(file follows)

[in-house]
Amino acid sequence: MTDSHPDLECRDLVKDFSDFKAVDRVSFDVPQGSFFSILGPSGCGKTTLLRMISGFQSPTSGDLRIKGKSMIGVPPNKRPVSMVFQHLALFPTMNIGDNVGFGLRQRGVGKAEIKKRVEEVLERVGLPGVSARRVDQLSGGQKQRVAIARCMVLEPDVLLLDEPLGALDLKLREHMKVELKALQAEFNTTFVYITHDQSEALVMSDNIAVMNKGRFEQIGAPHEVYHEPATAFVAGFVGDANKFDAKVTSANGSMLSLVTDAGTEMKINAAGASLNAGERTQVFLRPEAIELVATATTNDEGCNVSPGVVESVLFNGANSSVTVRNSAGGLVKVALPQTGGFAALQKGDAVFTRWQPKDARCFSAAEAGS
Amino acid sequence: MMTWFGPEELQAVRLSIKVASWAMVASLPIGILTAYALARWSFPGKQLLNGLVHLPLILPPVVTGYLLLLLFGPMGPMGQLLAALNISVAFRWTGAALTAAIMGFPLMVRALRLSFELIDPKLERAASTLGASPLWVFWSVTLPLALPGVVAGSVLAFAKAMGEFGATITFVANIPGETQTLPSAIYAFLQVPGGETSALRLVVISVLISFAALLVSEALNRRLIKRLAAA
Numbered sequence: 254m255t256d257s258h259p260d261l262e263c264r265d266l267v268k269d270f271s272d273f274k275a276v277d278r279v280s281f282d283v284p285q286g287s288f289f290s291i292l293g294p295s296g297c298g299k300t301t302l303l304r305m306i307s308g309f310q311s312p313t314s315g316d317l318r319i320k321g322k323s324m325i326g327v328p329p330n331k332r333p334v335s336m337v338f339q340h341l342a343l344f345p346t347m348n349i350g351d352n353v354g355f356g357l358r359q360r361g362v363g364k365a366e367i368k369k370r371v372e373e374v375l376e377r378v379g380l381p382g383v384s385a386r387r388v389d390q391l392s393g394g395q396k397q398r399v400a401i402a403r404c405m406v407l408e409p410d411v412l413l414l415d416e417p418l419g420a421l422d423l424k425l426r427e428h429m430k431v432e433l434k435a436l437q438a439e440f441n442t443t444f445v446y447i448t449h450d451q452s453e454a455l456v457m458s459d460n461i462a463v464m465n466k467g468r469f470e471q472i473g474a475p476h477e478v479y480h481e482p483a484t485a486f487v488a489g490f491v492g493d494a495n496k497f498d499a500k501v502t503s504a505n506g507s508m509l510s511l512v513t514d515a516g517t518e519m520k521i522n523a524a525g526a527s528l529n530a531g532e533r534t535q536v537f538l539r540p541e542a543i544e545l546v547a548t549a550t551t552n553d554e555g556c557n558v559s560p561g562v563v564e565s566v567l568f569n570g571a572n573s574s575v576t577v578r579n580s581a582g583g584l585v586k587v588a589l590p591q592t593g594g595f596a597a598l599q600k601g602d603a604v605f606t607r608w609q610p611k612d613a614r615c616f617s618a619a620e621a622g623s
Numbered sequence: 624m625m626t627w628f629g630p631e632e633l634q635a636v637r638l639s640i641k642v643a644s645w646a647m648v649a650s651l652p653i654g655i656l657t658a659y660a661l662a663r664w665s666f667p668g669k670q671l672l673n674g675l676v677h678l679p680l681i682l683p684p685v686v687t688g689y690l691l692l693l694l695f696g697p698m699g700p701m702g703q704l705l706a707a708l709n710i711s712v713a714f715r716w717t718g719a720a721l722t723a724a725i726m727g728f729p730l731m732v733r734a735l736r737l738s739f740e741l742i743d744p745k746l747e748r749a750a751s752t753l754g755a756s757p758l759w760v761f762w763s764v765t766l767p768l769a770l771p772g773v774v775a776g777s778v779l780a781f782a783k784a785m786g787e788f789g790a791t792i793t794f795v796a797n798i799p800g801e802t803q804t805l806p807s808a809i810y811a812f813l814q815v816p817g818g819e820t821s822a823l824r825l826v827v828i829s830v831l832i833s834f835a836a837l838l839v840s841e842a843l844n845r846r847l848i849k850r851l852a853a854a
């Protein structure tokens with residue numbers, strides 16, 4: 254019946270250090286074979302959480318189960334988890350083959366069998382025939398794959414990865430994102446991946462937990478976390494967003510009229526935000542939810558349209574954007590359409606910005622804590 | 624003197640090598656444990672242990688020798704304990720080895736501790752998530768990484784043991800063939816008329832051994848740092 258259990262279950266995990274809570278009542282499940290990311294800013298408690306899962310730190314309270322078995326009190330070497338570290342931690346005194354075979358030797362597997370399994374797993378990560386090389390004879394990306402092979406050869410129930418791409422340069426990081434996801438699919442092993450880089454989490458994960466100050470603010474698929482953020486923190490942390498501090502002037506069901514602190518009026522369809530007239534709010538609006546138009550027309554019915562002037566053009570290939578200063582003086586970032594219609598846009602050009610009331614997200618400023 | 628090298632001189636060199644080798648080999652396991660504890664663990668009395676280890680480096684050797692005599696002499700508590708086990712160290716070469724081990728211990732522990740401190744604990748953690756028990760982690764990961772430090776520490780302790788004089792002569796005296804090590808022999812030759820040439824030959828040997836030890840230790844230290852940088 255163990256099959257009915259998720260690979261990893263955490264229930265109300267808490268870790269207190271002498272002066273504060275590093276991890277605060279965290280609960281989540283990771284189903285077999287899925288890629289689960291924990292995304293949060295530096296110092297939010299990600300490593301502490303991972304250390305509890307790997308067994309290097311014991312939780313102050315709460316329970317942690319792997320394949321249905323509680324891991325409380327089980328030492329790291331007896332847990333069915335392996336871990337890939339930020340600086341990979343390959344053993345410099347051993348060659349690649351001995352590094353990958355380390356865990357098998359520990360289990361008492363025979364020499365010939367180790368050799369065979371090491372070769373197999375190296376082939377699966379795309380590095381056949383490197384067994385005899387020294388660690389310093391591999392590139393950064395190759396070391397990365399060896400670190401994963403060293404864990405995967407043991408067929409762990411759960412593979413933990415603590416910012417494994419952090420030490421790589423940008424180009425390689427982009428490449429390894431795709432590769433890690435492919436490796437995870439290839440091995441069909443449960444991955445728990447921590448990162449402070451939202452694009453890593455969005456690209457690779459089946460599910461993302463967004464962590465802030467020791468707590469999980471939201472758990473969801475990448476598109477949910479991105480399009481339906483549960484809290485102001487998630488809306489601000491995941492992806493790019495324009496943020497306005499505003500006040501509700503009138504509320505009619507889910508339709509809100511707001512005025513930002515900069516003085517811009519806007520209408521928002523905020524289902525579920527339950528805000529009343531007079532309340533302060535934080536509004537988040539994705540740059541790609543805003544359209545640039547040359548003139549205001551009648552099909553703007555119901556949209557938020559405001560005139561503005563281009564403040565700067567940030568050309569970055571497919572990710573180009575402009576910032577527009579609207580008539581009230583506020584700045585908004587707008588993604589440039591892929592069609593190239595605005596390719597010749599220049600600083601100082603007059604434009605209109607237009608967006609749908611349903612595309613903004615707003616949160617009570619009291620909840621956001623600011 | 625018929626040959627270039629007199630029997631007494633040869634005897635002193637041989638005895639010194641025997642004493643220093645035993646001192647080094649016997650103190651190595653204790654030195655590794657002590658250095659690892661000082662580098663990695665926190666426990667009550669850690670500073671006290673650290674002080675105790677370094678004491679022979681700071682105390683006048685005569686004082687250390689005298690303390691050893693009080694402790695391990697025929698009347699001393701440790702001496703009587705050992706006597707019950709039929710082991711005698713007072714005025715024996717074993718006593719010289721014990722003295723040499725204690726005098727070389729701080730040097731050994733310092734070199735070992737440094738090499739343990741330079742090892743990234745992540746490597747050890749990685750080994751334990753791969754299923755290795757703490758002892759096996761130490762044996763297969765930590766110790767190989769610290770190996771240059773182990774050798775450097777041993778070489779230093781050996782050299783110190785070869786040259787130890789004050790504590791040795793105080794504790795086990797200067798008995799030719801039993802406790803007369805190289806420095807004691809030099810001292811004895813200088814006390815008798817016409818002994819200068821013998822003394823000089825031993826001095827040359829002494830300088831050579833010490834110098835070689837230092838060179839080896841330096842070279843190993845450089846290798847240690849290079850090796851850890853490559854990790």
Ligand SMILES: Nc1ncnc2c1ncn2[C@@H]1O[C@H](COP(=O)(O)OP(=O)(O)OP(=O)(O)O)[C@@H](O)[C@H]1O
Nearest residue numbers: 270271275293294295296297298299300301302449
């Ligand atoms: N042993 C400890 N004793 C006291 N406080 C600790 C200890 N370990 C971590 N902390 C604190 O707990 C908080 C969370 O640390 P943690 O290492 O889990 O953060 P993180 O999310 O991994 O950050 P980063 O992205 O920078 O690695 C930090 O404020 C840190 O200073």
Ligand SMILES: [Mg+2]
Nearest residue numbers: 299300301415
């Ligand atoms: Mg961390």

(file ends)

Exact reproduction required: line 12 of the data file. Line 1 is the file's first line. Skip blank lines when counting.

């Ligand atoms: Mg961390």